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Progressive Waste Solutions of LA Inc. v. St. Bernard Parish Government

United States District Court, E.D. Louisiana

April 11, 2017

PROGRESSIVE WASTE SOLUTIONS OF LA, INC.
v.
ST. BERNARD PARISH GOVERNMENT

         SECTION "L" (5)

          ORDER & REASONS

         Currently before the Court are Consolidated Defendants SDT, Inc. and Sidney D. Torres, IV's (“SDT Defendants”) Motion to Dismiss for Failure to State a Claim (R. Docs. 101, 106) and Plaintiff Progressive Waste Solution's Motion for Summary Judgment (R. Doc. 109). After reviewing the briefs, the applicable law, and counsels' statements at oral argument, the Court now issues this Order & Reasons.

         I. BACKGROUND

         These consolidated cases arise out of a contract dispute. Plaintiff Progressive Waste Solutions of LA, Inc. (“PWS”) is a Delaware corporation that specializes in solid waste removal. R. 1 at 1-2. In early 2006, St. Bernard Parish Government (“St. Bernard”) issued a Request for Proposals for Municipal Solid Waste Removal, Curb Side Pick Up. R. 1 at 2. SDT Waste & Debris Services, LLC, (“SDT”) submitted a proposal, and on July 27, 2006, contractually agreed to provide solid waste removal services to St. Bernard. R. 1 at 2. On February 7, 2007, SDT entered into a Time Contract with St. Bernard regarding both curb side pick-up services and dumpster pick-up services. The Time Contract was set to commence on January 28, 2008, and terminate on January 27, 2014. R. 1 at 3. The Time Contract also provided SDT the option to extend the agreement through July 26, 2016. R. 1 at 3.

         In June of 2011, SDT was purchased by IESI LA Corporation, which included the transfer and assignment of the July 27, 2006 Agreement and the February 7, 2007 Time Contract. Despite the purported term of the Time Contract extending to at least January 27, 2014, St. Bernard told IESI that St. Bernard intended to terminate the contractual relationship. On December 5, 2011, St. Bernard sought bids for curb side pick-up services and dumpster pick up services. R. 1 at 3-4. On December 8, 2011, IESI filed a Petition for Temporary Restraining Order, Preliminary and Permanent Injunction, and Declaratory Judgment in the Thirty-Fourth Judicial District Court for the Parish of St. Bernard. R. 1 at 4. The state court issued the preliminary injunction on December 14, 2011, and enjoined St. Bernard from requesting proposals for bids for solid waste collection. R. 1 at 4. One week later, the state court enjoined St. Bernard from entering into any new contract for the services currently being performed by IESI. R. 1 at 4.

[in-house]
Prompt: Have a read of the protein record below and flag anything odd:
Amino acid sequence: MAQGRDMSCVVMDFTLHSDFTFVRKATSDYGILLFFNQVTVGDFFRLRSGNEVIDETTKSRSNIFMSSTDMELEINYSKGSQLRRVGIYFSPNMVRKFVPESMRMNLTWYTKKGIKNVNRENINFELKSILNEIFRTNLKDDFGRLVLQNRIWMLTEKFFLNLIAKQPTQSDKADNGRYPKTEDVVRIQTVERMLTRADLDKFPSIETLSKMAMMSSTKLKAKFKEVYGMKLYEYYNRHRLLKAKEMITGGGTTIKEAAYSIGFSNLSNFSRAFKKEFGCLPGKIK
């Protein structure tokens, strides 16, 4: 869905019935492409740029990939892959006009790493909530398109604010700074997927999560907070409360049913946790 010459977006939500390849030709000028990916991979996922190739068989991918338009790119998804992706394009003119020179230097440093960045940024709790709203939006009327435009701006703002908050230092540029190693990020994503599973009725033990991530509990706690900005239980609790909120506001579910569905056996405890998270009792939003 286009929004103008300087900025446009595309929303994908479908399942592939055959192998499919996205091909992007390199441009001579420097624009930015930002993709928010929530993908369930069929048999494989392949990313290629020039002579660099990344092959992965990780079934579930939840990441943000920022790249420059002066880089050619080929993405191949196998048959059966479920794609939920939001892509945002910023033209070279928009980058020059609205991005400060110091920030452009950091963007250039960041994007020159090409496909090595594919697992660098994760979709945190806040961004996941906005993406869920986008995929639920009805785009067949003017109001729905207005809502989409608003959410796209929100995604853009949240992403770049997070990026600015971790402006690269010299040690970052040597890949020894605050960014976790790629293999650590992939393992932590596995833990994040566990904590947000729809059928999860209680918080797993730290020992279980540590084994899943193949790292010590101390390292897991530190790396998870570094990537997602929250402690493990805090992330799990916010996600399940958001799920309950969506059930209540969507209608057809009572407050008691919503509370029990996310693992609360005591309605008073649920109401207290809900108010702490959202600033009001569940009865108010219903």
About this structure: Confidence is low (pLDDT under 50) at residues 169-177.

IESI changed its name to Progressive Waste Solutions of LA, Inc. (“PWS”) on January 12, 2012. In May of 2013, St. Bernard once again issued Requests for Proposals inviting vendors to submit proposals for the waste collection services provided by PWS. R. 1 at 4. In response, PWS filed a Motion for Contempt and a Second Supplemental and Amending Petition for Temporary Restraining Order, Preliminary and Permanent Injunction and Declaratory Judgment in state court on May 20, 2013. R. 1 at 4-5. The parties resolved their differences before the state court could rule. St. Bernard agreed to extend the Time Contract through December 31, 2020. PWS in turn reduced its rates from $20.00 per household per month to $15.50 per household. R. 1 at 5. Two months later, PWS and St. Bernard entered into a new Time Contract that extended PWS's provision of solid waste services until December 31, 2020.

         On May 19, 2016, St. Bernard wrote to PWS stating that they intended to unilaterally terminate the solid waste services contract on July 6, 2016. St. Bernard provided two reasons for the termination: (1) the St. Bernard Home Rule Charter prohibits contracts for services not covered by public bid law exceeding three years; and (2) PWS breached the contract by missing residential pickups. R. 1 at 6, 1-7. PWS filed suit in response, requesting injunctive relief and a declaratory judgment. R. 1 at 7-9. PWS also sought damages for breach of contract, detrimental reliance, and deprivation of rights under color of law. R. 1 at 9-13.